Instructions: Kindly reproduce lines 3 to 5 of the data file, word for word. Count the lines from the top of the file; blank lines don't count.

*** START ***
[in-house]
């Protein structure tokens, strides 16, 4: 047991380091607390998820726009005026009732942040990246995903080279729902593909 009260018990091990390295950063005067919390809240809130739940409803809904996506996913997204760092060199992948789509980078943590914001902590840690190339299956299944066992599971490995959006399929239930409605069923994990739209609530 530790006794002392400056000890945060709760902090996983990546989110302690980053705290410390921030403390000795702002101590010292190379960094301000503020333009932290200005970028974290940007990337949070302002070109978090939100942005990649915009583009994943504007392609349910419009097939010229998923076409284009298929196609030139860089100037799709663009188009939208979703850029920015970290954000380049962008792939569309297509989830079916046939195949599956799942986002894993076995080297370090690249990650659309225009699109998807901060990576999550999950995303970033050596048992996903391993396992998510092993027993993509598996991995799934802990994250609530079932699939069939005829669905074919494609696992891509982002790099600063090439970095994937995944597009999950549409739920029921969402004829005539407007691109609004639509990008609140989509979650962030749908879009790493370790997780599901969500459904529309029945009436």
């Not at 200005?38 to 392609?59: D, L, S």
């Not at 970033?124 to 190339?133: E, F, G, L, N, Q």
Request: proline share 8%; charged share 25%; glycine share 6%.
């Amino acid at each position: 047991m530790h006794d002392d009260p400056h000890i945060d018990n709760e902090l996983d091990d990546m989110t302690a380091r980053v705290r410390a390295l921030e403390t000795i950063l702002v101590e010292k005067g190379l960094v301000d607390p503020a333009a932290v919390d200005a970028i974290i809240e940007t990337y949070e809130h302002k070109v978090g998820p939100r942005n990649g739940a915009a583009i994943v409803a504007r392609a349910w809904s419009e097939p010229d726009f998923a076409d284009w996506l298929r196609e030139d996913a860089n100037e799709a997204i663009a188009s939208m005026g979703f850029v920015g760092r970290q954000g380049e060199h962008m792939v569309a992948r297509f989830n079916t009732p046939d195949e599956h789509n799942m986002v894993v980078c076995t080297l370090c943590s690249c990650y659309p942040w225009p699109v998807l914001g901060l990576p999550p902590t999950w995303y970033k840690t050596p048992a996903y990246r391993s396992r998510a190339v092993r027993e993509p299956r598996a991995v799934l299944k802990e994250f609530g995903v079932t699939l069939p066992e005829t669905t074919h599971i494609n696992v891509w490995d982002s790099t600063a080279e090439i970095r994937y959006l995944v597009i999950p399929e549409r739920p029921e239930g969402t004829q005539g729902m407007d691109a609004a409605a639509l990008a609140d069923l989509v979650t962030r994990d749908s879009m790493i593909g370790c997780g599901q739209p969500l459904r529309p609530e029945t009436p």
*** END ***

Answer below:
């Not at 200005?38 to 392609?59: D, L, S």
């Not at 970033?124 to 190339?133: E, F, G, L, N, Q």
Request: proline share 8%; charged share 25%; glycine share 6%.